Nicholas Kristof & Sheryl WuDunn

Co-Pulitzer Prize winners discuss their book, Tightrope: Americans Reaching for Hope on January 16, 2020, at Congregation Emanu El, Houston, Texas.

SHORT: Historically, where did U.S. go wrong while other leading countries invested in healthcare, education, and social supports? 1970s Nixon southern strategy lured away white working-class voters, stopped trajectory of Canada and Europe. (2:14)

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SHORT: Democratic presidential candidates should focus on increasing high school graduation, early childhood education, bandwidth for all, raising minimum wage, jobs programs, faith, how Trump expanded the swamp and manipulated. (3:23)

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SHORT: Rise of both Trump and Sanders, why support from white working-class? Anger that system failed them. Both parties created problems over 50 years. U.S. rescued Wall Street but 10 million people lost their homes. (4:08)

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SHORT: Is fundamental problem loss of blue-collar jobs? Many people broken, half of prime-age men who dropped out of labor force take a pain pill every day. McDonald’s workers in Denmark $20/hour. Investment in human capital for those left behind. (2:53)

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SHORT: A hallmark of U.S. history is massive public investment such as the GI Bill, mass education, Homestead Act, FHA, rural electrification, superhighways. Laid-off Detroit autoworkers not retrained like Canada. U.K. cut child poverty in half (7:24)


Popular New York Times op-ed columnist Nicholas Kristof and his spouse and co-author, Sheryl WuDunn, presented their new book, Tightrope: Americans Reaching for Hope, a deeply personal plea – told through the lives of real Americans – to address the crisis in working-class America while focusing on solutions to mend a half century of governmental failure. While the book ranges widely from the Dakotas, to Oklahoma, to New York, it features Kristof’s friends in rural Yamhill, Oregon, where he grew up, a formerly prosperous area devastated by the disappearance of blue-collar jobs. A quarter of the children on Kristof’s old school bus died in adulthood from drugs, alcohol, suicide, or reckless accidents.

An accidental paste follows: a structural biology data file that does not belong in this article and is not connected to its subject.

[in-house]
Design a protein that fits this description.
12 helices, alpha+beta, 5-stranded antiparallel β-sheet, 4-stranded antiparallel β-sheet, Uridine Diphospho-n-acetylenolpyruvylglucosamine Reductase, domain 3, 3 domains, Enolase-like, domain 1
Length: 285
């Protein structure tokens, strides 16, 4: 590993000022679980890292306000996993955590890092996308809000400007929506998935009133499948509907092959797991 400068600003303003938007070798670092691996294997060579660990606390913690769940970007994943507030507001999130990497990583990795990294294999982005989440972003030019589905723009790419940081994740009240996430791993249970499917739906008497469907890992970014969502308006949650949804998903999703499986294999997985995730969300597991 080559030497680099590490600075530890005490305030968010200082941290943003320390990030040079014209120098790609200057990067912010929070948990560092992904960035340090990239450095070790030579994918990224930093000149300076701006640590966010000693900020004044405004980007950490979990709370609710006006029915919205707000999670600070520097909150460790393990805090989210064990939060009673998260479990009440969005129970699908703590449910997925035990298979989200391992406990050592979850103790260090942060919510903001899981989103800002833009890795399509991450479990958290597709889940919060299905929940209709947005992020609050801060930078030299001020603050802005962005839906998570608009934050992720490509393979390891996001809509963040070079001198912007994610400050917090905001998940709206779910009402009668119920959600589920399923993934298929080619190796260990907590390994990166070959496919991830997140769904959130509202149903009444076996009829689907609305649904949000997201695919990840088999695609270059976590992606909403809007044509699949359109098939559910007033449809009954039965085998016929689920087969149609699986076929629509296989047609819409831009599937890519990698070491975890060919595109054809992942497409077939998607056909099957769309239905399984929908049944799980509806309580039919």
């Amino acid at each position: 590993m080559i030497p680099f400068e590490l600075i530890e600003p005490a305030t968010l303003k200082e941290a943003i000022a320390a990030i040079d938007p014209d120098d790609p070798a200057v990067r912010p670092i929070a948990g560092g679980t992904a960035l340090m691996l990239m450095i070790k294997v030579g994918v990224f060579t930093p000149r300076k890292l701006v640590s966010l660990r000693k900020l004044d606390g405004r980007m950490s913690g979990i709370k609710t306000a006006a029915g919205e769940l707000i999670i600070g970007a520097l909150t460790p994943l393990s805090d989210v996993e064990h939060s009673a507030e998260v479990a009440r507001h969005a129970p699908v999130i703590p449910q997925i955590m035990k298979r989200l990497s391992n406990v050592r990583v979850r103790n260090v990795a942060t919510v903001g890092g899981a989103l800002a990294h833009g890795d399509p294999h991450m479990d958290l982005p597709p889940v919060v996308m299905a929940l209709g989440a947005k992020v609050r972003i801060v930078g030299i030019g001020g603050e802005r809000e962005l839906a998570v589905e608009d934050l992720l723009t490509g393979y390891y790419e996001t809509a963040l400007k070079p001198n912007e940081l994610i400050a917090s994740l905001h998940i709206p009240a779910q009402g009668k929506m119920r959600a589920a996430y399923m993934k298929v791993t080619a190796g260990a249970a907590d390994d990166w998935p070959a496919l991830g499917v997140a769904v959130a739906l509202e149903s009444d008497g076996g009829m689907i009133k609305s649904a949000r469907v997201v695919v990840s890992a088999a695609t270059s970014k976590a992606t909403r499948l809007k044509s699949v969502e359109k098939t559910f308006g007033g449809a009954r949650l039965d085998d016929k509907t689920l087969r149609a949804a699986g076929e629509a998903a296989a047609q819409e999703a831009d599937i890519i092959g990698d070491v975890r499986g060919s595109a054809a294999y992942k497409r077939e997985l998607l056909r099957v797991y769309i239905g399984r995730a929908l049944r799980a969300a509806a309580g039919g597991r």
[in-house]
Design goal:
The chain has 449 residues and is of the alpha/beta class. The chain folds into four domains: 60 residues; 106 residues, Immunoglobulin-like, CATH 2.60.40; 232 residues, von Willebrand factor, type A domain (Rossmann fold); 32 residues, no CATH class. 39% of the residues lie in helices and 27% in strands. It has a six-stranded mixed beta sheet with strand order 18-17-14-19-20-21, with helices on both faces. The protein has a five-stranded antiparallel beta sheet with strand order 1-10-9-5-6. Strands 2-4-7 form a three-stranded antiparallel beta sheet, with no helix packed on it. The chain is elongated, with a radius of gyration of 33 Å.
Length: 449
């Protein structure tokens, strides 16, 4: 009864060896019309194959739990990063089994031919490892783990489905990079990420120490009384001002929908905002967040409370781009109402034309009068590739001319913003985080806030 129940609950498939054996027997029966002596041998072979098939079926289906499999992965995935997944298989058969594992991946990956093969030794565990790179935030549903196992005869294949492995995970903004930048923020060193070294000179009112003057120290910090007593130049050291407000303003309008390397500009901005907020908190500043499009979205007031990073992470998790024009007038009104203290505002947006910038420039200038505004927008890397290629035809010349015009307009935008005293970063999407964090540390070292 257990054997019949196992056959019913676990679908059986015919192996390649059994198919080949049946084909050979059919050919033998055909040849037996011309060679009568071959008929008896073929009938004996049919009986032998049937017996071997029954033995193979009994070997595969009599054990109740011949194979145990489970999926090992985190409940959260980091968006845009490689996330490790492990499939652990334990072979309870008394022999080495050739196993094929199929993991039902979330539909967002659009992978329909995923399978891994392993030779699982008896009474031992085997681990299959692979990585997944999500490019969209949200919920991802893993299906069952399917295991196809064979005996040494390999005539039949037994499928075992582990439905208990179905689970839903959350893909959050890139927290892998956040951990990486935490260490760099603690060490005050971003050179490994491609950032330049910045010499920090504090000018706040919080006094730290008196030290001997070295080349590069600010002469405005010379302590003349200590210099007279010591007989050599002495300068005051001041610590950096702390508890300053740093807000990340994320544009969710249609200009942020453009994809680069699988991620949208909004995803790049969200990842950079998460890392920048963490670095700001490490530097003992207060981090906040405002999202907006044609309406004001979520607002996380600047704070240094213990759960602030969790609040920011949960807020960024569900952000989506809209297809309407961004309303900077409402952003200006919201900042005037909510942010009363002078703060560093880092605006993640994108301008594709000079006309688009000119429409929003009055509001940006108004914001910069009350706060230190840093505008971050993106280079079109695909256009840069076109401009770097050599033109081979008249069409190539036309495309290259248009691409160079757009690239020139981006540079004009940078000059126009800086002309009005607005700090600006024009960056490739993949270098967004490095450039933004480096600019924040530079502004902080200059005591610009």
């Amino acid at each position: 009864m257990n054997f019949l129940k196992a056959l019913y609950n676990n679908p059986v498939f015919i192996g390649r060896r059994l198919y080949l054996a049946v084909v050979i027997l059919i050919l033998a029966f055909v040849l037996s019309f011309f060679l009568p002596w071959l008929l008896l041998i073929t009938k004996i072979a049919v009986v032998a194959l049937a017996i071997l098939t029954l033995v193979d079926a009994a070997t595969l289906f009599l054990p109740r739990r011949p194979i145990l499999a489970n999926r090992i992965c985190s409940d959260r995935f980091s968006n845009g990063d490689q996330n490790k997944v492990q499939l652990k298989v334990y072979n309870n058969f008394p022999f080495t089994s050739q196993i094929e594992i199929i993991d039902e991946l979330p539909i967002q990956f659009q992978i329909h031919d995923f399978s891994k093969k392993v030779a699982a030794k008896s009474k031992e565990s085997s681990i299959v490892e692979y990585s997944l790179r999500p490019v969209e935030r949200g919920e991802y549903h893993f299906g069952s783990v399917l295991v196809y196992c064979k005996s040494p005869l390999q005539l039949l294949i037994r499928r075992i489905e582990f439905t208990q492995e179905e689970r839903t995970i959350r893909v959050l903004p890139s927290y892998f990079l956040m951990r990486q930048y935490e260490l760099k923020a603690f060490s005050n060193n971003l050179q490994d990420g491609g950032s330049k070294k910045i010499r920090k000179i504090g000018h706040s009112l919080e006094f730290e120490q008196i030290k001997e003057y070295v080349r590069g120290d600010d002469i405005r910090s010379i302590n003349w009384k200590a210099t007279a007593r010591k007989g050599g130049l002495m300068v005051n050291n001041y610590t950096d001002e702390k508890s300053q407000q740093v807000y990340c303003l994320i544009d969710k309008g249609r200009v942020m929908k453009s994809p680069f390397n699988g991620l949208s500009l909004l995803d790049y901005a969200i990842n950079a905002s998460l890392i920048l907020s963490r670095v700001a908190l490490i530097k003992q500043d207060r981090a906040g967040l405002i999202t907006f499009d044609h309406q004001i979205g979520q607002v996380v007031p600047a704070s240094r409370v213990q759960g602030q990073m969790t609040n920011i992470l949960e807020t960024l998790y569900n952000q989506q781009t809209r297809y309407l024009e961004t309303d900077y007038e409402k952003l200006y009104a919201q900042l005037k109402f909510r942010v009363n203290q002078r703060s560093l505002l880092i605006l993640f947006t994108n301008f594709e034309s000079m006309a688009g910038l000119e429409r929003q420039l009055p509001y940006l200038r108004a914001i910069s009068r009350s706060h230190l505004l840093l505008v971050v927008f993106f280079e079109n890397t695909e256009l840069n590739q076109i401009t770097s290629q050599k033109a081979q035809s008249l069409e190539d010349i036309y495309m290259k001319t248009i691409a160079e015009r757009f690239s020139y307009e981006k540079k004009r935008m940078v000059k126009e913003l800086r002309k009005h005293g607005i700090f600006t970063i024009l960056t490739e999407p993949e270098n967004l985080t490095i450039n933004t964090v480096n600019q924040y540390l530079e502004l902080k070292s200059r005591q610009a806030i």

In 1990, Kristof and DuWunn became the first married couple to win a Pulitzer Prize for their coverage of China’s pro-democracy movement and Tiananment Square protests. Kristof won a second Pulitzer Prize in 2006 for his columns on the conflict and genocide in Darfur, Sudan.

Kristof previously served as a correspondent in Los Angeles, Hong Kong, Beijing, and Tokyo, as well as editor of the Times Sunday edition. He is a regular commentator on CNN and a pioneer using online media, with about 3 million followers on social media. On a Rhodes Scholarship, he earned a law degree at Oxford University with first-class honors after graduating Phi Beta Kappa from Harvard College.

WuDunn also served as a foreign correspondent for the Times in Beijing and Tokyo. She is currently a senior managing director at Mid-Market Securities, a boutique investment banking firm in New York. She has served as a commentator on China and global affairs on Bloomberg TV, NPR, The Colbert Report, and Charlie Rose.She has lectured at the International Monetary Fund, the World Bank, and the Council on Foreign Relations, as well as Yale’s Jackson Institute for Global Affairs. She is a graduate of Cornell University, Harvard Business School, and Princeton’s Woodrow Wilson School of Public and International Affairs. Newsweek named her to their list of “150 Women Who Shake the World.”

Thanks to videographer: Ruben Duran
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